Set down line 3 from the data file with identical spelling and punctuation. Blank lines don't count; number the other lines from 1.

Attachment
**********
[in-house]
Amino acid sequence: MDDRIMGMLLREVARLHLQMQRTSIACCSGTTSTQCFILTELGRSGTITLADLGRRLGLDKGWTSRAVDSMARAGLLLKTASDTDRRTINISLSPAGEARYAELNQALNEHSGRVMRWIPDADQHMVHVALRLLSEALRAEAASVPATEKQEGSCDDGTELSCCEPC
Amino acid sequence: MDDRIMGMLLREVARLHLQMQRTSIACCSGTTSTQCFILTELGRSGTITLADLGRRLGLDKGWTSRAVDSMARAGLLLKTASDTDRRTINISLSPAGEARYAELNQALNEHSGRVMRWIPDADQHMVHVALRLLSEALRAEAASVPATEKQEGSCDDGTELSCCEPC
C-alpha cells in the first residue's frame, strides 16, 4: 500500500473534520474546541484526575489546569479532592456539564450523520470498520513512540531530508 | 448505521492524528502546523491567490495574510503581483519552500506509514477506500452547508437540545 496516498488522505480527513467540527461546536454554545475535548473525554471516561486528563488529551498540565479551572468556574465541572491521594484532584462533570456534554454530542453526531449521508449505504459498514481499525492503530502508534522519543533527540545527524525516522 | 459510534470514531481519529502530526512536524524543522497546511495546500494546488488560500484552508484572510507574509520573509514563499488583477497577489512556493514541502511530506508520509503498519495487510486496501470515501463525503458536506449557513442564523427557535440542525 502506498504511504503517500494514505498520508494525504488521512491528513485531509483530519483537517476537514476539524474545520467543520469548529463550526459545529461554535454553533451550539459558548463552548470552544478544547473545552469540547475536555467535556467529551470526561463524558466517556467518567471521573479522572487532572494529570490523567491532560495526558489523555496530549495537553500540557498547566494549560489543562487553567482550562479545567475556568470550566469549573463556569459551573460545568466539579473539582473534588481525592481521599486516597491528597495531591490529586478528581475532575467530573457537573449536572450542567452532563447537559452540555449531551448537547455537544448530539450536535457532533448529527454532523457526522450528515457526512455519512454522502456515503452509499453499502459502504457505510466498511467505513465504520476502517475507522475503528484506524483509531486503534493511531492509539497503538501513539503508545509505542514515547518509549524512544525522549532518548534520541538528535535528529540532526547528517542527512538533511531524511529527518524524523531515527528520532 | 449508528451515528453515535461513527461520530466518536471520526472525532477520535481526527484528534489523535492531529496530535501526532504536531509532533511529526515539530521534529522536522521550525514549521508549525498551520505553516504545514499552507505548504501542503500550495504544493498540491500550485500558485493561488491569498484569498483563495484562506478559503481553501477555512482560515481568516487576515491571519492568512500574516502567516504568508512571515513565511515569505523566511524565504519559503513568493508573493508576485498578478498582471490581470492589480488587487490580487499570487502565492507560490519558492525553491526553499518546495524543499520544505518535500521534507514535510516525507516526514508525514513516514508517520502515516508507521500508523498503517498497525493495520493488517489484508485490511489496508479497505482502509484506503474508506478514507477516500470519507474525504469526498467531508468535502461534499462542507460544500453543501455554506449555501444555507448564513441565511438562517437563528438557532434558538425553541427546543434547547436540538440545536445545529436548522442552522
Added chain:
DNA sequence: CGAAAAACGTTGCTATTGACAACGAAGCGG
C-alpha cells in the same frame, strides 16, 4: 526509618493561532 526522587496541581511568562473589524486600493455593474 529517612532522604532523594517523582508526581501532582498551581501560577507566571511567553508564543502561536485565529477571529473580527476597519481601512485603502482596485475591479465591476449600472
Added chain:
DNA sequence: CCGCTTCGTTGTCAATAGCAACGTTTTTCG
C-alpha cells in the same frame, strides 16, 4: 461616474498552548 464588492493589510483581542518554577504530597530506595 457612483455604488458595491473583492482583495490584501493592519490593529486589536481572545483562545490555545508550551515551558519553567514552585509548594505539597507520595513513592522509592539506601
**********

Amino acid sequence: MDDRIMGMLLREVARLHLQMQRTSIACCSGTTSTQCFILTELGRSGTITLADLGRRLGLDKGWTSRAVDSMARAGLLLKTASDTDRRTINISLSPAGEARYAELNQALNEHSGRVMRWIPDADQHMVHVALRLLSEALRAEAASVPATEKQEGSCDDGTELSCCEPC